I'm so ashamed. This is my fault. I'll admit it. I'm to blame. Since the various Krispy Kremes about town were nowhere near the Cake Eater pad, I visited only occasionally when we had a car, and then not at all when we didn't. Maple Grove is quite the hike from the Cake Eater Pad. It takes about a half-hour to get there---and that's without traffic. I just couldn't be bothered to get in the car and drive all the way up there to get some donuts. I lamented their lack of inner city locations, but, woe is me, did nothing to support their glazed ambitions because it was too far to go for donuts. I should have made the effort. Really, I should have.

To be fair, however, they did deliver to all the local Holiday stations, and there are a few of those nearby. I patronized their glazed deliciousness via the local gas station, but alas, they lost that contract to a local grocery store chain a few months ago. And while I like the local grocery chain's custard filled chocolate bismarcks, I still adored the glazed goodness of a Krispy Kreme. Unfortunately, I didn't adore them often enough.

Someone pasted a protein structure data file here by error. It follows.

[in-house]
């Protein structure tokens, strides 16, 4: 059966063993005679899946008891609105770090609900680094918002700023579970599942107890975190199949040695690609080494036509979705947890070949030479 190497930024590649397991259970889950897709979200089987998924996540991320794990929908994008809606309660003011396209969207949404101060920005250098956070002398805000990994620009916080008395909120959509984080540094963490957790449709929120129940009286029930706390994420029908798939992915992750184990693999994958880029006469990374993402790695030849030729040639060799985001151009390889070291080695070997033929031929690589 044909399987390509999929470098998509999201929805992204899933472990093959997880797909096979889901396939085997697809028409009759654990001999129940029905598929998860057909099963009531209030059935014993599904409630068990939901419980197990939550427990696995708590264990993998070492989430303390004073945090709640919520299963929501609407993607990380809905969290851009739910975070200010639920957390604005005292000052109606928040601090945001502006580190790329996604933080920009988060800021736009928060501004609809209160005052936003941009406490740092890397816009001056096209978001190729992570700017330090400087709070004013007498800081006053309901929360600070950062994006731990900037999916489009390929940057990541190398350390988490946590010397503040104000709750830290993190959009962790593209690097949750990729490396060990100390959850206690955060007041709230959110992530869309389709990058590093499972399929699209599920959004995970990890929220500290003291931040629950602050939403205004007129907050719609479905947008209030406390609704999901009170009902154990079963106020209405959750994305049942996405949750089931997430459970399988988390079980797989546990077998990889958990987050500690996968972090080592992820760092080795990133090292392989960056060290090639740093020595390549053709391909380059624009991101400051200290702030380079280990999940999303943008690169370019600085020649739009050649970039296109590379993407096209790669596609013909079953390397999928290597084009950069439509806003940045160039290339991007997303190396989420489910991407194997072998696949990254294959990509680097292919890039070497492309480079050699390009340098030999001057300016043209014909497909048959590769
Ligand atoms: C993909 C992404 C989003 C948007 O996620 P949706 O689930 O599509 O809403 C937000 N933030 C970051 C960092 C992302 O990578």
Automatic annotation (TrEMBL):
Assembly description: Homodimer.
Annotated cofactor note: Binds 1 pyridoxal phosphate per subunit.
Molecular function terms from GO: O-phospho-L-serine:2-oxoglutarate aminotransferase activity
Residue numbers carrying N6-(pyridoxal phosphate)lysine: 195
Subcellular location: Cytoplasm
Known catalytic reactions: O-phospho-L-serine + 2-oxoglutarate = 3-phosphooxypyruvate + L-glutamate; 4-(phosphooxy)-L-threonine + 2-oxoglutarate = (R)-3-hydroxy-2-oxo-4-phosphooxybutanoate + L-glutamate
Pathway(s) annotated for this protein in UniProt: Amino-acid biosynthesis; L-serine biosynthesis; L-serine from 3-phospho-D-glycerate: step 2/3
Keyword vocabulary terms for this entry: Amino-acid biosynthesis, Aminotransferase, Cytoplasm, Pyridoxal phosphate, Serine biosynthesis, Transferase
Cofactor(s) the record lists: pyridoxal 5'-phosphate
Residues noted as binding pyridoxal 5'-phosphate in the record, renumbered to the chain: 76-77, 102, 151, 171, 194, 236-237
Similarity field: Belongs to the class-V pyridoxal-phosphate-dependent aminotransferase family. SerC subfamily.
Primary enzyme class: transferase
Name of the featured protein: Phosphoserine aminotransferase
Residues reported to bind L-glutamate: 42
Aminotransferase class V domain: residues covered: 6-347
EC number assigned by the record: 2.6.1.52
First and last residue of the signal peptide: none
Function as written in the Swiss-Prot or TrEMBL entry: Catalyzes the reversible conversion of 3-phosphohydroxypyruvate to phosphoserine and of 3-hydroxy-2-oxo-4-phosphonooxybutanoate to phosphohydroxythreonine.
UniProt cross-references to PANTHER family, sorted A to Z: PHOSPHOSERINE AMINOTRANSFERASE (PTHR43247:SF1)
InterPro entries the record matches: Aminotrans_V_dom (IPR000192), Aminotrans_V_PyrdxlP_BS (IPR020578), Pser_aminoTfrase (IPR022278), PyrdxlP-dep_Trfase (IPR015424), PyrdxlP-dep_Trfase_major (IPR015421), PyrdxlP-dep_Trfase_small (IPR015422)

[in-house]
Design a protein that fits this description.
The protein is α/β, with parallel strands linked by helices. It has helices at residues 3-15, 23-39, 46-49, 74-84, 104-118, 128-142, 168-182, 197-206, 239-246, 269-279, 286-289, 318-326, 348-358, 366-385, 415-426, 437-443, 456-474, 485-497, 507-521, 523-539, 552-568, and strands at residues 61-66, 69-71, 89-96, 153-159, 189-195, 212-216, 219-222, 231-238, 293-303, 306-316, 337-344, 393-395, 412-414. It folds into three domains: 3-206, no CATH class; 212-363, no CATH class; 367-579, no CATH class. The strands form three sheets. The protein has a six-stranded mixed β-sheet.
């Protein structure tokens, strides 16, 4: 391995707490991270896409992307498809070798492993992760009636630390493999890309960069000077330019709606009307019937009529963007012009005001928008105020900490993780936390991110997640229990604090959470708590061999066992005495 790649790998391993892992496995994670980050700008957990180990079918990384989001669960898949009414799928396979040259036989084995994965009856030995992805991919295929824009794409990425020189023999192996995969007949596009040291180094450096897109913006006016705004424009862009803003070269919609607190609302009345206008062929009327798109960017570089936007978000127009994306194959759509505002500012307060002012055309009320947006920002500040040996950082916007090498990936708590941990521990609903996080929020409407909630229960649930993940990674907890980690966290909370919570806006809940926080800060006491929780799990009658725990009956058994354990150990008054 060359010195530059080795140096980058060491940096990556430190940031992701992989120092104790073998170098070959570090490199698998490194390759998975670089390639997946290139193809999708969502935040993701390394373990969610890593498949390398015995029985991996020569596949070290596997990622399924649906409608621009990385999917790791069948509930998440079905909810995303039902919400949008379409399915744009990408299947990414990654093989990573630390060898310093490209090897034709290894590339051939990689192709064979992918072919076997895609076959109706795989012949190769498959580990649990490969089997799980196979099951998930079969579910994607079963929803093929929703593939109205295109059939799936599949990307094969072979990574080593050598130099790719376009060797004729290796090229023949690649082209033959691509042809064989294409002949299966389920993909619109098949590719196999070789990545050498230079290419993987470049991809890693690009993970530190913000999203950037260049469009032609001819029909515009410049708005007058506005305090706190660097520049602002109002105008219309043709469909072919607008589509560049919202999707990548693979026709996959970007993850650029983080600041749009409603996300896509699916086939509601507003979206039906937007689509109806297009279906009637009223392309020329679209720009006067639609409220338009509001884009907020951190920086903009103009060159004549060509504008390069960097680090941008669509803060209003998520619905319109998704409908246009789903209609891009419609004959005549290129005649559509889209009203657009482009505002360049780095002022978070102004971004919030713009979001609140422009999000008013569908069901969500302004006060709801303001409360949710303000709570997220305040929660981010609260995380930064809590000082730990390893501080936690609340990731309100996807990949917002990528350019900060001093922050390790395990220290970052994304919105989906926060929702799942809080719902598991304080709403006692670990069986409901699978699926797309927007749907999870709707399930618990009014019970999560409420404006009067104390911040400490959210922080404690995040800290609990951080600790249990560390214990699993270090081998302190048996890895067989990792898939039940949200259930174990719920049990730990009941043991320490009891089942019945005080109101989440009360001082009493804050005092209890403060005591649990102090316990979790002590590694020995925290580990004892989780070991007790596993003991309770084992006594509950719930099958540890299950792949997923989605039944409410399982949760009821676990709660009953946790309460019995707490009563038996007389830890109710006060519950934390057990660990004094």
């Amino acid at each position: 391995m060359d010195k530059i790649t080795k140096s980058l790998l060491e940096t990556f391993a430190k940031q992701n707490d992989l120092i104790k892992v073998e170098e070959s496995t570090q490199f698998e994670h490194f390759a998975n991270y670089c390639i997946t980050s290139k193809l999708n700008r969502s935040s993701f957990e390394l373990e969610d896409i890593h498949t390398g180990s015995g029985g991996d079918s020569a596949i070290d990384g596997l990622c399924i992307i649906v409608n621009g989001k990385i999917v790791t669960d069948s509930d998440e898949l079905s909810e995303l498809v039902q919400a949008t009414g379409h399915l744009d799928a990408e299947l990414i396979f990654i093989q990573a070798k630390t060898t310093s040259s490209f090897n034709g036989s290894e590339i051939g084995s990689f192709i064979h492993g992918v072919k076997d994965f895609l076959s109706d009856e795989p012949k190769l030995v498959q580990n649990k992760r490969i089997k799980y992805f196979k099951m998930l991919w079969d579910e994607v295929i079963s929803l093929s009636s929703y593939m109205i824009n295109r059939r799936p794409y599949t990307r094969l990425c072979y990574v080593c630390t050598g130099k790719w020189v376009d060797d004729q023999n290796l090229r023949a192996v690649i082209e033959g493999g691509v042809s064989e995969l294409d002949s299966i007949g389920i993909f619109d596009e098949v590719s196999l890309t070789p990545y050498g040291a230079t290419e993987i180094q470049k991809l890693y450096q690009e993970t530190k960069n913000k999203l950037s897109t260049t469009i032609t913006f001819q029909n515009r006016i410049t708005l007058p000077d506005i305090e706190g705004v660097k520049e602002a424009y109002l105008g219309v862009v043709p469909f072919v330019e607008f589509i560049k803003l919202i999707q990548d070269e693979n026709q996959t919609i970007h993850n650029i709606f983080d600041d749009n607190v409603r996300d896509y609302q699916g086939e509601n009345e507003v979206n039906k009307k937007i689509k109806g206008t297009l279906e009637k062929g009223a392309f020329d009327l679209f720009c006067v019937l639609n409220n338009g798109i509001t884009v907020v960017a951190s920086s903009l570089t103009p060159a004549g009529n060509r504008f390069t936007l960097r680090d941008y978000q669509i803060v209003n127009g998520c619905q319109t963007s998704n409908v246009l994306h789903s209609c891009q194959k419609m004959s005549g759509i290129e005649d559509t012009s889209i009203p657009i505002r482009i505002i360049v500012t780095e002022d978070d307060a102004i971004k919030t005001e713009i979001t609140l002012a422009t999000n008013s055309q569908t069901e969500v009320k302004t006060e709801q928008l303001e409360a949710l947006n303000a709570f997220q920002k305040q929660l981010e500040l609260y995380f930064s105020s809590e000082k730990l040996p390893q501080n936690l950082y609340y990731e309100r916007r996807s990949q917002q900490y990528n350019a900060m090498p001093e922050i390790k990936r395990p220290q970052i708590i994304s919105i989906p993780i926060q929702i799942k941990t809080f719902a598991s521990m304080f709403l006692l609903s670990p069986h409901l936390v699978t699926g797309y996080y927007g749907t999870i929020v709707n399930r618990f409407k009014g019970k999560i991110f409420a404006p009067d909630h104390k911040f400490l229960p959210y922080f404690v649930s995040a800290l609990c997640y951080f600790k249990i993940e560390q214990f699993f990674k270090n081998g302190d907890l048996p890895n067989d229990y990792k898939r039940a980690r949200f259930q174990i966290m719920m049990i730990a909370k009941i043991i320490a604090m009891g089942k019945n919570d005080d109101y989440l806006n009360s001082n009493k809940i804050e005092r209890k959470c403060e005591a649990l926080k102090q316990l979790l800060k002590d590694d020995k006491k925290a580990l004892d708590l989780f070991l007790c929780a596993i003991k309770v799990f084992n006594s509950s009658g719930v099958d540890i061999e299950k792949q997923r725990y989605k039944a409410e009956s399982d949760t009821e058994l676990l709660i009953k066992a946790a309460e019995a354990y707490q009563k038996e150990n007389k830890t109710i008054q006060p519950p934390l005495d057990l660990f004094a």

Well, it's unfair of you, Kathy! You should know that your decision to not drive has impoverished Molly and many other KKD workers! I'm asking you to believe, "We are all in this together. From CEOs to shareholders, from financiers to factory workers, we all have a stake in each other's success because the more Americans prosper, the more America prospers.�

Oh, wait. That was politics, this was supposed to be about donuts. But Don Boudreaux points out that, well, shift happens: